United States District Court, D. Maryland
LAWRENCE N. LEWIS, Plaintiff,
CHARLES THOMAS BENNER Defendant.
RICHARD D. BENNETT, UNITED STATES DISTRICT JUDGE.
this Court's Memorandum Opinion and Order denying the
Motion to Dismiss filed on behalf of Defendant Charles Thomas
Benner,  Defendant filed a Motion for Summary
Judgment. ECF 14. Correspondence was sent to Plaintiff
Lawrence Lewis advising him of his right to file an
opposition and of the consequences of failing to do so. ECF
15. That correspondence was returned to the Court as
undeliverable on two occasions. ECF 16, 17. Upon
investigation, Lewis is no longer incarcerated in the Glen
Burnie facility and is now confined at Roxbury Correctional
Institution in Hagerstown, Maryland. Despite the affirmative
obligation to do so, Lewis did not provide the Court with a
notice of change in address. See Local Rule 102.1
.b.iii (D. Md. 2018). For the reasons that follow,
Defendant's Motion for Summary Judgment is granted in
part as unopposed.
filed this complaint pursuant to 42 U.S.C. § 1983 in
connection with a traffic stop that occurred on July 19,
2017. ECF 1 at 5. Lewis was a passenger in the car, which was
stopped on Hogneck Road in Pasadena, Maryland for the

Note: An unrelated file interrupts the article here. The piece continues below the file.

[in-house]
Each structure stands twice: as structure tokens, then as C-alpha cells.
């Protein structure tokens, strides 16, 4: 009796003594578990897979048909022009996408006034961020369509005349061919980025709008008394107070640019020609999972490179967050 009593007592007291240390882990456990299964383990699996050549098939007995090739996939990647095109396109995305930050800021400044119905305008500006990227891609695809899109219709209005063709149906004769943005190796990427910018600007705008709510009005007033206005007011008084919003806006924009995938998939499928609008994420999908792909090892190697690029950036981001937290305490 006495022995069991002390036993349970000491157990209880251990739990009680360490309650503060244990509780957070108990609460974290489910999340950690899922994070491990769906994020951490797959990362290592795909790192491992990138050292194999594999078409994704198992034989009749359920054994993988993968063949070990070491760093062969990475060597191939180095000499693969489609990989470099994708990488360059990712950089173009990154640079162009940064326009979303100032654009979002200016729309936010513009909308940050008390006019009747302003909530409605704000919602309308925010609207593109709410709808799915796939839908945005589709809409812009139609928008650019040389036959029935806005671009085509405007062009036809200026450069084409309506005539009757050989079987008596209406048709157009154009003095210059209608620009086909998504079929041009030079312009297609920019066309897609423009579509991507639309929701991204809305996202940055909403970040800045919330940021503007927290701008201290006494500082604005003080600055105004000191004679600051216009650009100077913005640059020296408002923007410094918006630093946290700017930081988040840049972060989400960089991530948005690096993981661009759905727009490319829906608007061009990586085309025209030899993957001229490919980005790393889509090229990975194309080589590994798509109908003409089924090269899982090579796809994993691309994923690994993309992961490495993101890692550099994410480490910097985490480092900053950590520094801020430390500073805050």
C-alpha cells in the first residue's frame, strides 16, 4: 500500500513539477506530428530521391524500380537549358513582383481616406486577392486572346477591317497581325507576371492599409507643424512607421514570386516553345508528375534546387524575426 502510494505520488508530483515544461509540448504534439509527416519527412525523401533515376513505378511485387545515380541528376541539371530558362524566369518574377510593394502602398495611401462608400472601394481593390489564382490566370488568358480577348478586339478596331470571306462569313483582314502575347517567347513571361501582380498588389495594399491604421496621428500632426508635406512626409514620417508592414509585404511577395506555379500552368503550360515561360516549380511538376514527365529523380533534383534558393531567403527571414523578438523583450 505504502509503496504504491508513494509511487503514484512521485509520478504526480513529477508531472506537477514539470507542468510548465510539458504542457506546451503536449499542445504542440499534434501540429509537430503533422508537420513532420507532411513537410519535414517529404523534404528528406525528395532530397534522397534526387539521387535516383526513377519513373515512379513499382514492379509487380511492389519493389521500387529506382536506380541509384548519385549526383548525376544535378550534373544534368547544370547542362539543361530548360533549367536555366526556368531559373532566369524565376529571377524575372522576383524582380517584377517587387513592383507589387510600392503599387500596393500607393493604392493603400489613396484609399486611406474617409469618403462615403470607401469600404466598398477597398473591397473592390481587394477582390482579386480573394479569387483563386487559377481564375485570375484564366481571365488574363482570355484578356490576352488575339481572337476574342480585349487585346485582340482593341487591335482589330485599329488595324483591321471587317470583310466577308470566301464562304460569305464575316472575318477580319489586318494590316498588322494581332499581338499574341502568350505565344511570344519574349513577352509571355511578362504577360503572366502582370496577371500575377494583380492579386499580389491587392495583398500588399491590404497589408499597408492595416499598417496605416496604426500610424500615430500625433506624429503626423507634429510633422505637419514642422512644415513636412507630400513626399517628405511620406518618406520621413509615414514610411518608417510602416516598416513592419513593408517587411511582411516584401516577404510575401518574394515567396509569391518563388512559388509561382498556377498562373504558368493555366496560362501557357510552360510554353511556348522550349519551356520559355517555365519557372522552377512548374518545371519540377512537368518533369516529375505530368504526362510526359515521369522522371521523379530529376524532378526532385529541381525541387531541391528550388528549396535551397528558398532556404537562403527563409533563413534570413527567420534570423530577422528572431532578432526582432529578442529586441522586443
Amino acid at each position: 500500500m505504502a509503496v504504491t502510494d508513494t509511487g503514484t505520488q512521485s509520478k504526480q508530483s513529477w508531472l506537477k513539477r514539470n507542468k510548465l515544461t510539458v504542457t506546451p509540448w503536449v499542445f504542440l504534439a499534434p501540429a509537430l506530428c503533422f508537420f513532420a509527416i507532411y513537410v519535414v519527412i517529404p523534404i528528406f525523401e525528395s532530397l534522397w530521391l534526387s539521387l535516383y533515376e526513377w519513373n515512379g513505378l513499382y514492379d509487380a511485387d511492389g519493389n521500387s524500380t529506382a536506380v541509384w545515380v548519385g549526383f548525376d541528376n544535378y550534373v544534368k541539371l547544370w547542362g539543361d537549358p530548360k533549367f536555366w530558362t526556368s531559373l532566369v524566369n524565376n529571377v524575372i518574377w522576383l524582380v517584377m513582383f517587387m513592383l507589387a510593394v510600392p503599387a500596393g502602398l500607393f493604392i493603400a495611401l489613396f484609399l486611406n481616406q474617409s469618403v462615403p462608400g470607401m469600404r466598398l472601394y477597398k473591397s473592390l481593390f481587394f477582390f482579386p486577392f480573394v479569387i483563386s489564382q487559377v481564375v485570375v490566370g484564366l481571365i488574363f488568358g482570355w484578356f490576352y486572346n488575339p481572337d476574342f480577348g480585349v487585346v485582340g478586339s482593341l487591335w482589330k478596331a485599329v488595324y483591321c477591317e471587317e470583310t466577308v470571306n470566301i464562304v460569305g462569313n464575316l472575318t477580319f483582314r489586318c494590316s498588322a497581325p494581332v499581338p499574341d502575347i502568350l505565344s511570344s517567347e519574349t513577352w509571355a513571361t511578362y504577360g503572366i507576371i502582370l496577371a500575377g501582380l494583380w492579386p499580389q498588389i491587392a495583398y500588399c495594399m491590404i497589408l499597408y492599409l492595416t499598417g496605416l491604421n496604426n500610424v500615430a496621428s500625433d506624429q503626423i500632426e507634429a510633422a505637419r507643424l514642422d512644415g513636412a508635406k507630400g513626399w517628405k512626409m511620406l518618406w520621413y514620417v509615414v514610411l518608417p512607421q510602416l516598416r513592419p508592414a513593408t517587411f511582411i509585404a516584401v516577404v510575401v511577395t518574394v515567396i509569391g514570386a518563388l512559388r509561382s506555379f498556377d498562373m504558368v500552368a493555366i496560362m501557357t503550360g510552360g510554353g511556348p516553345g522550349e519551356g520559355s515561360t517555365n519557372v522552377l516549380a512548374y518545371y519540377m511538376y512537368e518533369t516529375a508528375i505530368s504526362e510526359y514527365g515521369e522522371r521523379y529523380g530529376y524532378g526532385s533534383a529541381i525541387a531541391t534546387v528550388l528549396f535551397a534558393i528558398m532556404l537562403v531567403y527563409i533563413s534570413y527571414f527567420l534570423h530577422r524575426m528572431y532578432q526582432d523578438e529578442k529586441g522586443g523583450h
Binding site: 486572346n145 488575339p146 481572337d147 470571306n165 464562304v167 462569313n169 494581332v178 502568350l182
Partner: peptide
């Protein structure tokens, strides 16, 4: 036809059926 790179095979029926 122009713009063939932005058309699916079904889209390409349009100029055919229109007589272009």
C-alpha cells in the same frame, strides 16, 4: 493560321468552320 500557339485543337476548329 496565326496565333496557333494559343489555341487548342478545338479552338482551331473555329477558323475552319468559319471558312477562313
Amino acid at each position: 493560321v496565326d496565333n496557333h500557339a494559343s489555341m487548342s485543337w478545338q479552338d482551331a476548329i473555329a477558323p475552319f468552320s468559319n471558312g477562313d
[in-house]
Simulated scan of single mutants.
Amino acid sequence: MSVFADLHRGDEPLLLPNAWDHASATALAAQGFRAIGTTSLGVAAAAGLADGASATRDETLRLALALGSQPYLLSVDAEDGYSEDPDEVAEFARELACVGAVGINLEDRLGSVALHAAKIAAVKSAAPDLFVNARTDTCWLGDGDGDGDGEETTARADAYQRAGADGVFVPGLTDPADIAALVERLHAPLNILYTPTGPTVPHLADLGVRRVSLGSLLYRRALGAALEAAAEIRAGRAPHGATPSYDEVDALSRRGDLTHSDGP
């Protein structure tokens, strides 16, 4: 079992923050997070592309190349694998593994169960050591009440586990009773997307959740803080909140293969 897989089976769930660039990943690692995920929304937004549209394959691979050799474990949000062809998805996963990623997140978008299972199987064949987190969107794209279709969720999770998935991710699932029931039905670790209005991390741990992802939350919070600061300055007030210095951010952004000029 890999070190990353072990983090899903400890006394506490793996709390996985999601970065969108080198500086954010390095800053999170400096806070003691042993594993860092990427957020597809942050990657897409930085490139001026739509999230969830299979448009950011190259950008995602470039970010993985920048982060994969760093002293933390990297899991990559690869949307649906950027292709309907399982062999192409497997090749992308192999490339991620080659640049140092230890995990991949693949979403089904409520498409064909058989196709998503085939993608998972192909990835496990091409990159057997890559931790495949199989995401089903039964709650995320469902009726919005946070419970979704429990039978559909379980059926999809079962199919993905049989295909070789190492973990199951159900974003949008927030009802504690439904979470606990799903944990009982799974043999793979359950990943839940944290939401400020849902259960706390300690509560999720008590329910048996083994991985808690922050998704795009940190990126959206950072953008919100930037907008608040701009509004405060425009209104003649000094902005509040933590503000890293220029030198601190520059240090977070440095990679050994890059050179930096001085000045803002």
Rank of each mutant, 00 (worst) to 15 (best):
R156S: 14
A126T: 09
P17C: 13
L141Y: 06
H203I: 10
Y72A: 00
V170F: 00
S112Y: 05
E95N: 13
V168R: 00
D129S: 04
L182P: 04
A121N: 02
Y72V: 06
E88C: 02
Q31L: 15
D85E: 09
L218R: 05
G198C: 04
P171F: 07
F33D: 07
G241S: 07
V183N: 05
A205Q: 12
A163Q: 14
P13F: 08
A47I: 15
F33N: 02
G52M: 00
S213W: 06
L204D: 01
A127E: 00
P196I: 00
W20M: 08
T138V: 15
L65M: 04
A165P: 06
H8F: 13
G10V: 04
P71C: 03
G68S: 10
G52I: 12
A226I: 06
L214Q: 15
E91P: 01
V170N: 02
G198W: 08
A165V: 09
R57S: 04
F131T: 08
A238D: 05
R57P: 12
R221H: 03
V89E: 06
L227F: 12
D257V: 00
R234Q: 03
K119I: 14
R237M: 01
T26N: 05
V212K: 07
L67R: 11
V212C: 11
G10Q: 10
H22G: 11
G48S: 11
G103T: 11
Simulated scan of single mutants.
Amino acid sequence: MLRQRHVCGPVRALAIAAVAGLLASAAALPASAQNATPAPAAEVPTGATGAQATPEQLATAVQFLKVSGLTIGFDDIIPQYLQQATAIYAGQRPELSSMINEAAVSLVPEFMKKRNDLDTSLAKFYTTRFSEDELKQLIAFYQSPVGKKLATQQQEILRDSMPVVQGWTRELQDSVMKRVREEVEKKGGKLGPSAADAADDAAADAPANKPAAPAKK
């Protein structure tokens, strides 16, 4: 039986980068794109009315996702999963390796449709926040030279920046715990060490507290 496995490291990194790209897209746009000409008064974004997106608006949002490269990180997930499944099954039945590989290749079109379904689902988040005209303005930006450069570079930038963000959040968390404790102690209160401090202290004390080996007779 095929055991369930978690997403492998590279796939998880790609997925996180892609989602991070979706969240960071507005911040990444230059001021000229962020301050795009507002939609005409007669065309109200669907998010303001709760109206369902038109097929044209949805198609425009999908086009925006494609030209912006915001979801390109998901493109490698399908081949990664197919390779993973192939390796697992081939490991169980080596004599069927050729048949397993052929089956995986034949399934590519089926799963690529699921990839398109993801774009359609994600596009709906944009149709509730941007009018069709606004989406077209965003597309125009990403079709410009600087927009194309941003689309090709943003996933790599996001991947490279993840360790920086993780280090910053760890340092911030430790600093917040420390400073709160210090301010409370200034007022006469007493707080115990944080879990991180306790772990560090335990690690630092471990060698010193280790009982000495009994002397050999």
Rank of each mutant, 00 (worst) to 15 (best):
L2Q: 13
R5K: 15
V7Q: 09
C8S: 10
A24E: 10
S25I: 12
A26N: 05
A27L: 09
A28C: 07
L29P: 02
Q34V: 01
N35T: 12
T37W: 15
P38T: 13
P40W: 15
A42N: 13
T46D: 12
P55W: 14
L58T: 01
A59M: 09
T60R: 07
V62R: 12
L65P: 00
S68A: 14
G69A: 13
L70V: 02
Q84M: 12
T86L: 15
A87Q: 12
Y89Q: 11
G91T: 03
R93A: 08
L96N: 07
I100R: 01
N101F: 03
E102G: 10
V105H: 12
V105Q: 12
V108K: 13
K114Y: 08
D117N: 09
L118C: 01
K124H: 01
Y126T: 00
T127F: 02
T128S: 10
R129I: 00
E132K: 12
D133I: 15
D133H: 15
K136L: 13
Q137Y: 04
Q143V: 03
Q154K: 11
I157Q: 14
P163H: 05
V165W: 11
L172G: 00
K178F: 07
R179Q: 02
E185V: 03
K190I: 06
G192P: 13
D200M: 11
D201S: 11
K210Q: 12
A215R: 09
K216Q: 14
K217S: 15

driver's failure to properly use his turn indicator and
failing to come to a complete stop at a stop sign.
Id. The driver of the car, Tim Reed, another
passenger, Kacey Kinghton, and Lewis were questioned by the
police officer and removed from the car. Id.
states he was approached by Detective Benner and asked if he
had anything on him. Id. Lewis replied he had money
inside a Crown Royal bag in the waistband of his shorts which
he retrieved and handed it to Benner. Id. Benner
then began a pat-down search of Lewis's person.
Id. Lewis maintains that Benner began "to
attempt... to aggressively insert his fingers between the
cheeks of my butt" during the pat-down search and that
he was unaware of the cause for such a search. Id.
He claims that the clothing he was wearing - basketball
shorts - were such that attempting to conceal a dangerous
item would have been impossible. Id. When Benner
asked Lewis why he was "tensing up," Lewis
responded he was uncomfortable with what Benner was doing,
but he claims Benner ignored his statement and continued to
tell him to "loosen up." Id.
handcuffing Lewis, Benner escorted Lewis to the patrol car